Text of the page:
BOZEMAN, Mont. (March 7, 2007) – A new statewide survey released today shows that 94 percent of Montanans agree or strongly agree that impaired driving is a crucial issue in the state, according to MOST of Us, a research institute based at Montana State University (MSU) that conducted the survey.

With nearly a third of Montana adults impacted in some way by impaired driving (30 percent), 45 percent believe the chances are high or very high that they or someone they care about might be harmed by an impaired driver. Forty-nine percent of Montana adults agreed that they would only vote for a candidate for state legislature who supports increased and highly visible impaired driving enforcement; another ten percent strongly agreed. MOST of Us conducted the phone survey of 404 randomly selected adults last summer.

“This is good news for public safety,” Montana Attorney General Mike McGrath said. “Attitudes have really changed in Montana.”

The survey also measured citizens’ perceptions of law enforcement in the state. Ninety-one percent of Montanans are very supportive of Montana law enforcement. Nearly as many—89 percent—believe that law enforcement officers are generally trustworthy and honest, and 76 percent feel safer in their presence. And despite the abundance of negative law enforcement messages that bombard the public through TV and movies, 86 percent of respondents report the media doesn’t affect their perceptions at all.

“The results of this survey show we’re right on track and have the trust and support of the people of Montana to continue making our state a safer place to drive,” said Colonel Paul K. Grimstad, Chief Administrator of the Montana Highway Patrol. “Preventing DUI is a priority issue for MHP and every officer will continue to be a DUI officer 365 days a year.”

According to MSU research director, Dr. Jeffrey Linkenbach, “These responses indicate that our citizens realize the problem of drunk driving in our state is not something that can be solved by law enforcement alone. Montanans are common sense people and we get the reality of the situation, which is that a joined law enforcement and community effort that is needed because we are not only going to arrest our way to sober drivers.” Linkenbach is also a faculty member in the Department of Health & Human Development at MSU.

With only ten percent of the total sworn law enforcement officers in Montana, the Montana Highway Patrol (MHP) is the state’s leader in enforcing DUI laws, arresting half of all DUI offenders in the state each year.

“Other law enforcement agencies—the sheriff’s departments, city police officers, Tribal Law Enforcement and others—are doing their part to arrest the offenders,” Grimstad said. “MHP has realized that we can’t change the DUI situation in Montana alone. That’s why we continue to make DUI an agency priority and assist other agencies in making it theirs.”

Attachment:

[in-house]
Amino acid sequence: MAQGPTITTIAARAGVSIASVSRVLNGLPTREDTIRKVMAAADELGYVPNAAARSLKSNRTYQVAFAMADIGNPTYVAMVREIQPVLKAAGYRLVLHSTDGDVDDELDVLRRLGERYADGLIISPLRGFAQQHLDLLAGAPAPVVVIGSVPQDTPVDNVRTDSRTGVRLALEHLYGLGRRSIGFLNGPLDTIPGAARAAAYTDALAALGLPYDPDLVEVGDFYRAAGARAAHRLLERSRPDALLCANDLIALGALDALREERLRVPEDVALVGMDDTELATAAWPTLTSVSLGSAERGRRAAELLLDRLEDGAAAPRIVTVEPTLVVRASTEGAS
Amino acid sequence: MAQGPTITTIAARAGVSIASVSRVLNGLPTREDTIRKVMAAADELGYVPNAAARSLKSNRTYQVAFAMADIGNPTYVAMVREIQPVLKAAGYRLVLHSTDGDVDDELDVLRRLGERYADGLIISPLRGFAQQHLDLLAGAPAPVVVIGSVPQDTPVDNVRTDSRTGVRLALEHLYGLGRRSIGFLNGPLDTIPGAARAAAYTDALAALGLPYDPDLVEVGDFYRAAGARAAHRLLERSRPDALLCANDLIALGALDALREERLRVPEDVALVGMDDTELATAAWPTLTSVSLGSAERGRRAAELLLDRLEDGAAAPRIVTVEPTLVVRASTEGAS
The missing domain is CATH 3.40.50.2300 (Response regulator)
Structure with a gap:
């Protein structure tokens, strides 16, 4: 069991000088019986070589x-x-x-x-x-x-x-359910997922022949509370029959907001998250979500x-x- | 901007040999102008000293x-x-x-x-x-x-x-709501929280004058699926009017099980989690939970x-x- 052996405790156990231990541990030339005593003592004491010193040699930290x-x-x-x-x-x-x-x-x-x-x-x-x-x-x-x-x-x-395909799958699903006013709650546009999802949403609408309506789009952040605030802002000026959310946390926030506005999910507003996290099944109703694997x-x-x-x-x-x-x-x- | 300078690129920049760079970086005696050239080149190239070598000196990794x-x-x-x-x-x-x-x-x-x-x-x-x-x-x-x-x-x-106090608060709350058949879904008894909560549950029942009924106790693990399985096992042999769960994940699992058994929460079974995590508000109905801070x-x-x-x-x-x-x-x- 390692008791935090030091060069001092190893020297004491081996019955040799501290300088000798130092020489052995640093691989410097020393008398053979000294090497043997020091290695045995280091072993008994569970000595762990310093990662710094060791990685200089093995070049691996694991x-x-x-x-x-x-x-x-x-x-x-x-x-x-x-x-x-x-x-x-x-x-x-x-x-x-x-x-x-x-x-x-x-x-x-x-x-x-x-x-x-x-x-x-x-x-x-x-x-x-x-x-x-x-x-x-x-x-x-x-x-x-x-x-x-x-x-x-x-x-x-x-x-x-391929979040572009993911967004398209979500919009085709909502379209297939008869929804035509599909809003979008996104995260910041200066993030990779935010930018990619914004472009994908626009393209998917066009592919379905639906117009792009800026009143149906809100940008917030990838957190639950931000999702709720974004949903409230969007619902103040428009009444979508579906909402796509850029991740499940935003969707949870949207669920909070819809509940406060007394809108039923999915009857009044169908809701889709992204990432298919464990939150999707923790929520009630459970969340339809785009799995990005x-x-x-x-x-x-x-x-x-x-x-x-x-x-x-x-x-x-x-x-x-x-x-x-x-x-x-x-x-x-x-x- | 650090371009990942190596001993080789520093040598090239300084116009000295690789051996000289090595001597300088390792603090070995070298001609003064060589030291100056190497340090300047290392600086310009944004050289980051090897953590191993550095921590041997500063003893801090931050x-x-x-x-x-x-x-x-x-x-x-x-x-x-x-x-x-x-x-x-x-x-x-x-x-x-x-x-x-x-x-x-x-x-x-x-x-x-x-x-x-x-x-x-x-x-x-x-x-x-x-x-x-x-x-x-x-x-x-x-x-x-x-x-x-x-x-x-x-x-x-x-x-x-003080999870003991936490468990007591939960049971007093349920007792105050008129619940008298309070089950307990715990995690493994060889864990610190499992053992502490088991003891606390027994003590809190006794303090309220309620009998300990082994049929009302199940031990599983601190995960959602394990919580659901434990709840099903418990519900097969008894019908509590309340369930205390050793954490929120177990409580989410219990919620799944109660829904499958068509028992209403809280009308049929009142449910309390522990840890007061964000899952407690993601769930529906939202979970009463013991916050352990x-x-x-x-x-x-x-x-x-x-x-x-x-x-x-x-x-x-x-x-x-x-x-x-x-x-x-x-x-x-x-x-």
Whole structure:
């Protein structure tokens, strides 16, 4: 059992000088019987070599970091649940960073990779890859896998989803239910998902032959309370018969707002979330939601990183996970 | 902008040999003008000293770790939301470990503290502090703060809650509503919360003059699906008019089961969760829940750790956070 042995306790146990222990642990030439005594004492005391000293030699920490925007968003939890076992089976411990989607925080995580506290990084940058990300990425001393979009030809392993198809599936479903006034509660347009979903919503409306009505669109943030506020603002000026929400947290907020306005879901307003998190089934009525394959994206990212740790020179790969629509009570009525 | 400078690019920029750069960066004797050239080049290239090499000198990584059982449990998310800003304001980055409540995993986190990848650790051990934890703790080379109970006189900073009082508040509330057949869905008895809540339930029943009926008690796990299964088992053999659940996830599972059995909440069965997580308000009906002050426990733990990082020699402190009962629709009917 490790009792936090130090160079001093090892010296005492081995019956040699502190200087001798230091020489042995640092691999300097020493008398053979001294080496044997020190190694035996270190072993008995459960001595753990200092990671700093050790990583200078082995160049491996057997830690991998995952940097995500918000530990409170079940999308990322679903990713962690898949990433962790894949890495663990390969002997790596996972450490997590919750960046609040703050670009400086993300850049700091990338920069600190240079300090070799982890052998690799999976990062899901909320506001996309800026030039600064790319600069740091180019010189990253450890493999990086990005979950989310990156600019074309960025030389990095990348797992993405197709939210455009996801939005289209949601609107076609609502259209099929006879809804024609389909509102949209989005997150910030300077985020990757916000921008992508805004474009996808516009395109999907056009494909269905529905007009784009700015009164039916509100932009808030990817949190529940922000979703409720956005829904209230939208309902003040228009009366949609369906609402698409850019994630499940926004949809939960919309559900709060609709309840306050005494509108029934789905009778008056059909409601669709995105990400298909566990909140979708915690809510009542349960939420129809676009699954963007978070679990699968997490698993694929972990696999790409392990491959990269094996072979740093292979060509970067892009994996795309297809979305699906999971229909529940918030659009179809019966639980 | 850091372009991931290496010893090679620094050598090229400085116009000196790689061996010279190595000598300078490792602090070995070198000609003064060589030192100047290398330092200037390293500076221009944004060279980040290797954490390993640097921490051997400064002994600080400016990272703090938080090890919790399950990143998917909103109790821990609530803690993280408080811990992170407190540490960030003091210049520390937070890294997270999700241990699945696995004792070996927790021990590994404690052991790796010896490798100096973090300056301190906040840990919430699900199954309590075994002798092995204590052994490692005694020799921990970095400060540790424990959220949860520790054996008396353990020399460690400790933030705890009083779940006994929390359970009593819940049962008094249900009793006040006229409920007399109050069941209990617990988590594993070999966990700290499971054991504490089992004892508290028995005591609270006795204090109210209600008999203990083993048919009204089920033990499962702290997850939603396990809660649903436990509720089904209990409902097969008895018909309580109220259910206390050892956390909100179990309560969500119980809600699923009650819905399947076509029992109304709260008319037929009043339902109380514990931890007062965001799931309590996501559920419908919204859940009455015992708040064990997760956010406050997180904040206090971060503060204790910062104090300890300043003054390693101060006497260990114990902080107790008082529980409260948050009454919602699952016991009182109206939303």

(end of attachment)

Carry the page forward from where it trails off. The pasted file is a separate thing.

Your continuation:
MHP has already trained hundreds of other law enforcement officers on the Standardized Field Sobriety Tests (SFST) techniques, as well as county attorneys to assist in the prosecution of DUI cases.

“The Montana Comprehensive Highway Safety Plan has served as a model for other states, and I think this survey shows why,” said Jim Lynch, director of the Montana Department of Transportation. “Montanans are interested in saving lives on our roads, and we know everyone must play a part in that – always buckling up, always driving sober and never allowing others to drive impaired.”

The study is part of a larger project sponsored by the National Highway Traffic Safety Administration (NHTSA) on the use of social norms advocacy to address impaired driving. The project also includes a national phone survey of adult residents in all 50 states, the results of which will be released in the spring.

“This research is an extension of our past work based on changing perceptions of social norms through what we call ‘The Science of the Positive,’” Linkenbach said. “The bottom line is that Montana culture and values about preventing DUI—especially our support of law enforcement’s role—is strong. We must build upon these strengths until we eliminate all impaired driving in our state.”

MOST of Us ( is pioneering the use of the social norms approach to build public and legislative support for impaired driving prevention strategies. This model of “social norms advocacy,” which examines the perceptions, opinions and behaviors that inform our daily behavioral choices and encourage people to make better, healthier decisions, will be tested in high-risk impaired driving states, beginning with Montana.